It’s not every day one of the most prolific musicians of the modern era performs in East Texas. Living legend B.B. King performed Thursday night in front of a crowd of hundreds at Tyler’s Caldwell Auditorium.
Fans were treated to a trip through decades of musical magic from the moment the 87-year-old strapped on his guitar named “Lucille,” an instrument that has become a celebrity itself. King’s stage presence commanded the audience’s attention from the very first riff. The performance wasn’t simply a mix of blues, rhythm, jazz, and pop. This master of his craft included stories of life experiences and past performances in between sets, including a little humor.
Thursday’s selected song list exposed fans to a sampling of some of King’s most recognized and favorite hits, including “The Thrill is Gone,” the 1970s single that made Rolling Stone’s list of the 500 greatest songs.
After more than two hours of smooth guitar, grooving bass slaps, and wailing trumpets, the concert came to a close with wild applause. The Governor’s Blues Revue was the opening act for the night.
B.B. spent some time backstage with my co-anchor and I after the concert, sharing stories during a brief interview. His quick wit and humor kept us on our toes the entire time. Our conversation was filled with laughs.
He told the fabled story about the naming of “Lucille.” In the earliest days of his career, a fight broke out in a club he was playing and a fire spread through the building. King ran back inside to retrieve his guitar, managing to escape unharmed. He later learned the two men that started the commotion were fighting over a woman named Lucille.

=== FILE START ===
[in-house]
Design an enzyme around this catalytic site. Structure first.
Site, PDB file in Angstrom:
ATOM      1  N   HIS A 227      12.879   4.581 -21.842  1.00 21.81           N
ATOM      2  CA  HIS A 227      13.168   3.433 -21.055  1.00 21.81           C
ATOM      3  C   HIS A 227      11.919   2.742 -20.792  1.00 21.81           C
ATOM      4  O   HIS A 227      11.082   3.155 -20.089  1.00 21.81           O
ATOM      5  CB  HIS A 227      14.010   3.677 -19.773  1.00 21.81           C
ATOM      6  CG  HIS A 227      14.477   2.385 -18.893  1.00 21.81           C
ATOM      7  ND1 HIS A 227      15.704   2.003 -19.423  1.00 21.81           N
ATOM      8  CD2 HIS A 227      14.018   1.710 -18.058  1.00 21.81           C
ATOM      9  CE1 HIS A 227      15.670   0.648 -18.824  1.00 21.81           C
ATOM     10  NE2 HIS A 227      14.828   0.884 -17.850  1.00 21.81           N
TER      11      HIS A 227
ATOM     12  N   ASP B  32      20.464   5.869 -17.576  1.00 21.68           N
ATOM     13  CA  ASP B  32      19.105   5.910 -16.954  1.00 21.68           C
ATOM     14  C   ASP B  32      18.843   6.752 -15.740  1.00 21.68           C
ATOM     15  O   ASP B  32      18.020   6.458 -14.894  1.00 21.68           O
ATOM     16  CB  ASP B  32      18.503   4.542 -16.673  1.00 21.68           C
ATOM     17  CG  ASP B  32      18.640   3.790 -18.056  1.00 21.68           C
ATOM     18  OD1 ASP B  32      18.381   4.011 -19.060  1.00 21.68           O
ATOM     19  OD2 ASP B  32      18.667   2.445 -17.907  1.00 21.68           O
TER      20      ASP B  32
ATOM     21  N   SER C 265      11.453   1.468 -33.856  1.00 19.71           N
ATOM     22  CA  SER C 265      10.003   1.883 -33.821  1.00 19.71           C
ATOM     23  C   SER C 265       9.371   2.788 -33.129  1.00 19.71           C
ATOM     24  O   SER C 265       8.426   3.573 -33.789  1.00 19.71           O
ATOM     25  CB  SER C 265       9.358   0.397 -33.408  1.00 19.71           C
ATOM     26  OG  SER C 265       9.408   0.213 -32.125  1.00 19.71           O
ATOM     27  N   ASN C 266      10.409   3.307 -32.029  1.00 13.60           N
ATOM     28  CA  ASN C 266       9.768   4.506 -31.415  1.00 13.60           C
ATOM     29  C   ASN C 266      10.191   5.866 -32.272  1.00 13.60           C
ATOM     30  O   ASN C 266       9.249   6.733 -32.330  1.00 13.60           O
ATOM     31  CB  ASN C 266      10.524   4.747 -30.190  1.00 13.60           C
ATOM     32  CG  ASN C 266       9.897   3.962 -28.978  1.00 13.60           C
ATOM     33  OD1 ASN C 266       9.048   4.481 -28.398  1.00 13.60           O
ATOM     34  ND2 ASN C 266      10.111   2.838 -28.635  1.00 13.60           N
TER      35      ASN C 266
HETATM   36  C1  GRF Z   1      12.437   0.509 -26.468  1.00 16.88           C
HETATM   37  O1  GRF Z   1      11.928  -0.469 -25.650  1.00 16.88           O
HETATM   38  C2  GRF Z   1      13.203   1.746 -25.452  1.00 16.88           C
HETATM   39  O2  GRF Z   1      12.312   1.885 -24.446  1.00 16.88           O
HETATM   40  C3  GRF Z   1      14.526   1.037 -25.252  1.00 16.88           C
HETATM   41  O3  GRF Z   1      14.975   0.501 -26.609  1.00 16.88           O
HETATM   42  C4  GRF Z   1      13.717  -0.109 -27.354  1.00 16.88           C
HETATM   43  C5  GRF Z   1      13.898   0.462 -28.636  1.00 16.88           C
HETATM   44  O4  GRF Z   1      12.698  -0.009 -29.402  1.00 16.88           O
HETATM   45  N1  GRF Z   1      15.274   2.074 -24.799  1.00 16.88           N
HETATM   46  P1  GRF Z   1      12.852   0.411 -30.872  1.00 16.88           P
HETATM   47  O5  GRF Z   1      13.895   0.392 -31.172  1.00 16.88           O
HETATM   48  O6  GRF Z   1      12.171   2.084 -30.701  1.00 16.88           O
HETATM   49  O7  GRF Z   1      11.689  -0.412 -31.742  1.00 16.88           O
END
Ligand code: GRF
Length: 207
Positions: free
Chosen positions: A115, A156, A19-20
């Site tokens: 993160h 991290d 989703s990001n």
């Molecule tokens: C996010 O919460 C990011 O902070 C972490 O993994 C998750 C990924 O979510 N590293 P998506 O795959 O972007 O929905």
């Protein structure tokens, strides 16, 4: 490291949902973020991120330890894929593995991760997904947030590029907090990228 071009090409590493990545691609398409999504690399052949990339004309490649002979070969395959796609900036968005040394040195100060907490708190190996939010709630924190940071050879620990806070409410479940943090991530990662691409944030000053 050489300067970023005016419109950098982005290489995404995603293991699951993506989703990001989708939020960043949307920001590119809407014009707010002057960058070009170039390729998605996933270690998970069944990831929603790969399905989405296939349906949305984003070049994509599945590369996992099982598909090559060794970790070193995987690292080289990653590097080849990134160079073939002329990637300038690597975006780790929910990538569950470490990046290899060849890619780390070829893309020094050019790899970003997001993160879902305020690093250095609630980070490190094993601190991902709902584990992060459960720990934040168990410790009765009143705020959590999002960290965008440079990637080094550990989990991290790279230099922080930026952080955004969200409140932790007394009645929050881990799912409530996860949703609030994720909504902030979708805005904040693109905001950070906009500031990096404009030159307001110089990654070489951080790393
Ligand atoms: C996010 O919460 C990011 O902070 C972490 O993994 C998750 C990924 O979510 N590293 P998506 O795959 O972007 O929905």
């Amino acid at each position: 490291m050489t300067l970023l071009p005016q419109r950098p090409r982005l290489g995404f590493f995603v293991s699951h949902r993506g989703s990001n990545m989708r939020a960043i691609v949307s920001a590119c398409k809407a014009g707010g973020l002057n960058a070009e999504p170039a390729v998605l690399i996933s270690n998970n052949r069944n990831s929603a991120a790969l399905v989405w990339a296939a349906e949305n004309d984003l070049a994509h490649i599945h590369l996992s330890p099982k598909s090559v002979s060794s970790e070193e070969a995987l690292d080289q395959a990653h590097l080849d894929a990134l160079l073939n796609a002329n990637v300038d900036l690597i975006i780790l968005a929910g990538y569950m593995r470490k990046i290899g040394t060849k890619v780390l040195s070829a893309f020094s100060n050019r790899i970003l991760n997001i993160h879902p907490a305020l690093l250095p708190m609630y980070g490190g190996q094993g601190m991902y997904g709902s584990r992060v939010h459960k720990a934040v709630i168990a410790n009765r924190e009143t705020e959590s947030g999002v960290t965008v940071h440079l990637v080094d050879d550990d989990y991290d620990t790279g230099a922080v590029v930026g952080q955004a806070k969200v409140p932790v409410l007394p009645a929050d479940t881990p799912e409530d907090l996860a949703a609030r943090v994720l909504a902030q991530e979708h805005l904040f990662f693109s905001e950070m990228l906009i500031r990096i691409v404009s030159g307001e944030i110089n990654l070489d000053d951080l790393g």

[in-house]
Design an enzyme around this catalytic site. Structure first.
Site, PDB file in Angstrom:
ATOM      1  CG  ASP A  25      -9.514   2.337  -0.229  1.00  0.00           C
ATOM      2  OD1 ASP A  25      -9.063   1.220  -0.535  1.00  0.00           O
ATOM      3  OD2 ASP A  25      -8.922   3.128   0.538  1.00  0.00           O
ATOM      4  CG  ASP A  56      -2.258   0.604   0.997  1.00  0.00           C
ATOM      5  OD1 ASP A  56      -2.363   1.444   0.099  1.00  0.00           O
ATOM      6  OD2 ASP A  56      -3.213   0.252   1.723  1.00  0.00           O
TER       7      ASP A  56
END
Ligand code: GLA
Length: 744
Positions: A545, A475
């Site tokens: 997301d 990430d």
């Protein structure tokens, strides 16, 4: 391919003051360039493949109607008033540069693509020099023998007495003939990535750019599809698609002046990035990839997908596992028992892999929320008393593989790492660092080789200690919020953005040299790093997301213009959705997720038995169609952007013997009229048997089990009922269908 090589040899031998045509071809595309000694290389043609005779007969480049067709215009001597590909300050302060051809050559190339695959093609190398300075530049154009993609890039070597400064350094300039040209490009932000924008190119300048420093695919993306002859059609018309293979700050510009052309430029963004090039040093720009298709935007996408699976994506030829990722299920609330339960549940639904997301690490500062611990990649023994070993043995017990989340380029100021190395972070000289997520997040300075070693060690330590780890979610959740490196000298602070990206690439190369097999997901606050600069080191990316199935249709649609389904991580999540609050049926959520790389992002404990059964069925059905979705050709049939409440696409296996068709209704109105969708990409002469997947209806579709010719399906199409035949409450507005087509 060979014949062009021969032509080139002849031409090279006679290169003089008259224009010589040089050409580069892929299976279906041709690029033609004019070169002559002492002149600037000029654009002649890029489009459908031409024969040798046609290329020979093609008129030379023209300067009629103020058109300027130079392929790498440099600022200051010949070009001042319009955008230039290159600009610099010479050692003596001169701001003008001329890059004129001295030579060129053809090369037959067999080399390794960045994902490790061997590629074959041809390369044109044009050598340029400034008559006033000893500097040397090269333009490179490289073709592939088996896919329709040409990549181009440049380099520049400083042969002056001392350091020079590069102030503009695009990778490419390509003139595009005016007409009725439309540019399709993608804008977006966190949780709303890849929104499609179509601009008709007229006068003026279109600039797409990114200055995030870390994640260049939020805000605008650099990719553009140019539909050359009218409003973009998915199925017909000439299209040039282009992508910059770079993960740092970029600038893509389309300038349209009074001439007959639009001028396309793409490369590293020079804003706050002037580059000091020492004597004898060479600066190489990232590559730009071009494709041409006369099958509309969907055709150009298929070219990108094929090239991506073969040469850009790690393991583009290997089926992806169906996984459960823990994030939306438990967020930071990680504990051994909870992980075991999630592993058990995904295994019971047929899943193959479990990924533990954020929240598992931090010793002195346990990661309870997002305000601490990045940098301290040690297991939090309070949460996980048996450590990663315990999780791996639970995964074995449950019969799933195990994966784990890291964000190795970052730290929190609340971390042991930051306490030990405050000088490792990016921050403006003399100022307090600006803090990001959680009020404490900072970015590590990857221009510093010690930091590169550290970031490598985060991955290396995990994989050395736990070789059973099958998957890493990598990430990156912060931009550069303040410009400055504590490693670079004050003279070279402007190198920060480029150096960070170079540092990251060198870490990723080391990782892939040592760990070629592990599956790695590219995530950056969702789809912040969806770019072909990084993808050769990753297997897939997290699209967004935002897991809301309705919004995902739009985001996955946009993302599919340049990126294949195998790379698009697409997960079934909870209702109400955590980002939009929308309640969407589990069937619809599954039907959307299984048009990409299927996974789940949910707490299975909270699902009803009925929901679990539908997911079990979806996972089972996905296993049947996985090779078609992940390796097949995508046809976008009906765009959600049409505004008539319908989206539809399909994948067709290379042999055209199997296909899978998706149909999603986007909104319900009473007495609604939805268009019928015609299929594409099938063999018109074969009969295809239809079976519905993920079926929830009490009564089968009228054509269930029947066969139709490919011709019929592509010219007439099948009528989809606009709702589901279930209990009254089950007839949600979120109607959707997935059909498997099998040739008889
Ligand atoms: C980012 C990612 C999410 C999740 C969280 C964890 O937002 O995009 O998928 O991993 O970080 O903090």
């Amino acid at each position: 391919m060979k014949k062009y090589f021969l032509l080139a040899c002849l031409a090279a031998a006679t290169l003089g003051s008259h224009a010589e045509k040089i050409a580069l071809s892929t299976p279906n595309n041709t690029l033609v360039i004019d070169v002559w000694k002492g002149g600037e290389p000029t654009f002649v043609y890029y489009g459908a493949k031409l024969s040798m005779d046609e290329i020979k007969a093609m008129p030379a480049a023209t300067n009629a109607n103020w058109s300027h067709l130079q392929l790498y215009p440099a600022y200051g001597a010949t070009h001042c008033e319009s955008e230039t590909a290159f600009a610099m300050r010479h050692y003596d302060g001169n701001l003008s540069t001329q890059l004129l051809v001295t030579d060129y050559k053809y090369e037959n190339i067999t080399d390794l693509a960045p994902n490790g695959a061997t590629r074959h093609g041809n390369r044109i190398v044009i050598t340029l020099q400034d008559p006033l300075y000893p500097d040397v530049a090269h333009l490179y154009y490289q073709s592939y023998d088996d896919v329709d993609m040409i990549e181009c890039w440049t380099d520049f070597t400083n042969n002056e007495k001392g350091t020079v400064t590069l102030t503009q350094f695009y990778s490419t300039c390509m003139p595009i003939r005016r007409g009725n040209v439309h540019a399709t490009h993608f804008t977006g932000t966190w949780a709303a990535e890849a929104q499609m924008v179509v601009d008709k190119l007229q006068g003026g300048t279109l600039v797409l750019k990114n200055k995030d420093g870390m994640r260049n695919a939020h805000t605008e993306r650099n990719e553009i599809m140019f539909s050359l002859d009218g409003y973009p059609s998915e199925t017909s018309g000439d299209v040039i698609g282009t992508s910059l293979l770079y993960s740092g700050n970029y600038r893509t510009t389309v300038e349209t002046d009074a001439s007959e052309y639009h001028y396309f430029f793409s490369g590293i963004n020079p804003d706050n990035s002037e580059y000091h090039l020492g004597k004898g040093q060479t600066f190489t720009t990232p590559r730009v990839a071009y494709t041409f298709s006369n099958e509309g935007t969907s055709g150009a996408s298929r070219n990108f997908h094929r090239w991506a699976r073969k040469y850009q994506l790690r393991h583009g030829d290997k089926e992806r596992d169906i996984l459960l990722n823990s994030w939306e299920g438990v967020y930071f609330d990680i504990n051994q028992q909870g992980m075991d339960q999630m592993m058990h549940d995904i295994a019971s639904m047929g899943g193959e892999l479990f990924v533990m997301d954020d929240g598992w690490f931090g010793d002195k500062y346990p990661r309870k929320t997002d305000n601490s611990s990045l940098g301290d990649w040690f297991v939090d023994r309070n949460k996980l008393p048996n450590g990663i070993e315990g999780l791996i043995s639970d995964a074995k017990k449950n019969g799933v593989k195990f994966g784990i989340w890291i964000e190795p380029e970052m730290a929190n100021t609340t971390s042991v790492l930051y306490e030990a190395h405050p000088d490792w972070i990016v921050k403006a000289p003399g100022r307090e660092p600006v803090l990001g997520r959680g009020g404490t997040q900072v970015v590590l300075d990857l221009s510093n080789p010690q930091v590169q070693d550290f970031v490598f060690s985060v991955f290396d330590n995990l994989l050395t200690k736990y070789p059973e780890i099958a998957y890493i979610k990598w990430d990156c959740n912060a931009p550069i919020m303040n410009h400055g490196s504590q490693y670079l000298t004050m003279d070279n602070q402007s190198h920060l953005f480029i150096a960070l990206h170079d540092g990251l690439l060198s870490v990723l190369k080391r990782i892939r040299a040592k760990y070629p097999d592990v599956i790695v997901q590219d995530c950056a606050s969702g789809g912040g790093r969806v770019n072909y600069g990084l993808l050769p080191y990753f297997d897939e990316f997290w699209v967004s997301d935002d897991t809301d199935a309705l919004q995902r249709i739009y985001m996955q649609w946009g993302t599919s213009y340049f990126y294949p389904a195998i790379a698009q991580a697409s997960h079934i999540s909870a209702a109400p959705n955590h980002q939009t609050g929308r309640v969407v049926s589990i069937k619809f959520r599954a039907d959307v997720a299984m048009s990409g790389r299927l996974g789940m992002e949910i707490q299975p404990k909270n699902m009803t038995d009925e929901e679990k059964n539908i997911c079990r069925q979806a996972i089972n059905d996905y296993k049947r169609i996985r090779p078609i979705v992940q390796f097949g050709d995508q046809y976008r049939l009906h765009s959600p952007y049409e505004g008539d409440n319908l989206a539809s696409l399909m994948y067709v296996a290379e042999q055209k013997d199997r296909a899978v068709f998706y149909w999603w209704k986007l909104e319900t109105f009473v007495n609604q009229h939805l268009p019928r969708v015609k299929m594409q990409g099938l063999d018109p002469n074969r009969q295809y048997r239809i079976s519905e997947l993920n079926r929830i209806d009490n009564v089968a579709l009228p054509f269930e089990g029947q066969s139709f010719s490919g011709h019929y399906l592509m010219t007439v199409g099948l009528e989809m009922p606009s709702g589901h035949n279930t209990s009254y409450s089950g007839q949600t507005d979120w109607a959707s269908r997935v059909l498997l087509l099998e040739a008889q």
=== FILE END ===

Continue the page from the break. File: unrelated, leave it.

My aunt’s parents lived in the same building as B.B. for some years in New York City’s Central Park West, the same one where John Lennon was killed in 1980. B.B. said he had fond memories in that building, but moved because it wasn’t his style.
Speaking of style, we asked him about his trademark tuxedo jackets. He says they are handmade in Japan, specifically for his performances.
King and his road crew were treated to an elaborate spread of East Texas barbecue on his tour bus, served up by Stanley’s Famous BBQ of Tyler. Plenty of fans were waiting for him outside the venue and he stayed for quite some time to sign autographs, guitars, records, and other memorabilia. He seemed to be the consummate gentleman, even tipping his hat to women as they passed.
King told us he has played multiple concerts in East Texas and first visited the area when he was in his 20s, according to King.
The “king of the blues” is currently on a nationwide tour that includes more than 100 performances each year. While today he treks across the country in a comfortable motor coach, he told me he was still flying himself to performances in a Cessna, well into his 70s.